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« A Concise Version of Human History | Main | Wired for War -- Closing Remarks »

A New Military Order in America

US Defence Secretary Robert Gates today presented his new budget today, and it is a rather interesting one, especially given the topic of discussion here on the CTlab for the past week.  The Obama Administration is determined to spend less on building the US military to fight a traditional war against traditional powers like China and Russia; rather, the administration is interested in increasing the counter-terrorism abilities of the military.

Interestingly, Gates is calling for a halt on production of the F-22, which cost $134 million each, capping production at 187.  On the other hand, Gates advocates more F-35s.  But, the budget also includes an additional $2 billion for counter-terrorism in the form of intelligence and surveillance, which includes another 50 Preadtor and Reaper drones.

Gates also seems to be determined to force a culture shift at the Pentagon.  The Government Accountability Office reported last week that no less than 96 of the Pentagon's largest weapons contracts had a budget over-run of a "staggering" $296-billion.  To this end, Gates says that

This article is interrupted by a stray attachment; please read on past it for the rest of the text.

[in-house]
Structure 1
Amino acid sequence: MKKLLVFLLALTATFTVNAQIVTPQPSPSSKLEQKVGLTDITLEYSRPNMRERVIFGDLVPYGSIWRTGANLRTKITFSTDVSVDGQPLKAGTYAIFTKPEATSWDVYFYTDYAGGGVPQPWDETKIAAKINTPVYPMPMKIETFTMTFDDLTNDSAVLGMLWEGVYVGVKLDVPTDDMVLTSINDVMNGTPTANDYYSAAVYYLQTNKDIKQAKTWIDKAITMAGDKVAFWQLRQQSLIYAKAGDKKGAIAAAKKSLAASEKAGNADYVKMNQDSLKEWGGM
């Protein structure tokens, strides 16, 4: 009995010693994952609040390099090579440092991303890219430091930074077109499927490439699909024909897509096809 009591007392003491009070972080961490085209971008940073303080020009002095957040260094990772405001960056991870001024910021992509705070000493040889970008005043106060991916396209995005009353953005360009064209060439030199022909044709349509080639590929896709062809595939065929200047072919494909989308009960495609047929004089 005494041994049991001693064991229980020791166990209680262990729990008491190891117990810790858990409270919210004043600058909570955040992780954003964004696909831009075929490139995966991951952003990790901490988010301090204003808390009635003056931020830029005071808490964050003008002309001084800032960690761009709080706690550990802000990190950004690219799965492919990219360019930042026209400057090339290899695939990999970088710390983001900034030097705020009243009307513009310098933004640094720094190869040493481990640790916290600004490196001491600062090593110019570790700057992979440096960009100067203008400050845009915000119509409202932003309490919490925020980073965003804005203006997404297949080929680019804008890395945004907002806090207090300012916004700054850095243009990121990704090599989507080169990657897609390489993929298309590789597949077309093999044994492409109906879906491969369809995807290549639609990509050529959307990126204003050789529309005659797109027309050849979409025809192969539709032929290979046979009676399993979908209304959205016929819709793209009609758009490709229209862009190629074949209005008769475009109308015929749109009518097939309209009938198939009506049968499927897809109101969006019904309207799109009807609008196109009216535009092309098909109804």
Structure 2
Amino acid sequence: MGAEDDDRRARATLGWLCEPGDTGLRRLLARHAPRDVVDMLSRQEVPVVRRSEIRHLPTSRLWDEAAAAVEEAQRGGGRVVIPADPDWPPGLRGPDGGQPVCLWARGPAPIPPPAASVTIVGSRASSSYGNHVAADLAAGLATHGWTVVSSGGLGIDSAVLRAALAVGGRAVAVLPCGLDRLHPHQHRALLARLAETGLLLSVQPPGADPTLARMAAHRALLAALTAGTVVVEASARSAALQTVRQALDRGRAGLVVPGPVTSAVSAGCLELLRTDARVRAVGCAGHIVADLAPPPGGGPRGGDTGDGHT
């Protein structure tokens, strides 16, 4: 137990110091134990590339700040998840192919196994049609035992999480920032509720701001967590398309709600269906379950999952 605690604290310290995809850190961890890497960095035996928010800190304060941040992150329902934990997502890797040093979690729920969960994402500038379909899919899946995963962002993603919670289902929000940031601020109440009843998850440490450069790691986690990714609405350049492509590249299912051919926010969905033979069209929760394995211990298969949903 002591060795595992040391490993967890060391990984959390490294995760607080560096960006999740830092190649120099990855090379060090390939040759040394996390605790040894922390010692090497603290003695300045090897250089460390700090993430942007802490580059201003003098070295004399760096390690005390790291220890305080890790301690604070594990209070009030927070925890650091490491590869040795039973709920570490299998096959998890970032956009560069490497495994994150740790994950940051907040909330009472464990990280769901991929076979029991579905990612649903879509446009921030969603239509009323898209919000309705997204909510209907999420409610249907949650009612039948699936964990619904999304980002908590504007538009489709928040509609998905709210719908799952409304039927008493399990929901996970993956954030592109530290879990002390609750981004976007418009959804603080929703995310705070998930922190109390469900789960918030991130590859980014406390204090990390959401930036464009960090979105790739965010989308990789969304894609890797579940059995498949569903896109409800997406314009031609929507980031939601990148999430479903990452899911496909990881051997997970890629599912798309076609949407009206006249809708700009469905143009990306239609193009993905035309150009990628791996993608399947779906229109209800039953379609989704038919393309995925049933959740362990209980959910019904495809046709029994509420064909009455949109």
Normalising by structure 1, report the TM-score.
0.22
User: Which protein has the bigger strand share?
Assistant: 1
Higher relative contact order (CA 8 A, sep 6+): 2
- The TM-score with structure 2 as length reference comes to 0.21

The perennial procurement and contracting cycle, going back many decades, of adding layer and layer of cost and complexity onto fewer and fewer platforms that take longer and longer to build, must come to an end,” he said. “There is broad agreement on the need for acquisition and contracting reform in the Department of Defense. There have been enough studies, enough hand-wringing, enough rhetoric. Now is the time for action.

He also declared that he wants to hire 10,000s of civil servants to do the work because contracting them out has proven to be inefficient.  

Of course, this means that this budget will have to get through Congress, which might be a bit jumpy given the economy and the threat of defence contractors to layoff thousands of workers if cuts are made to programmes.  Indeed, Lockheed-Martin, the maker of the F-22, has threatened this exactly.  This could set up an interesting battle between Gates and Obama, on the one hand, and Congress on the other, irrespective of party politics (Gates, of course, is a Republican, whilst Obama and Congress are Democratic).  

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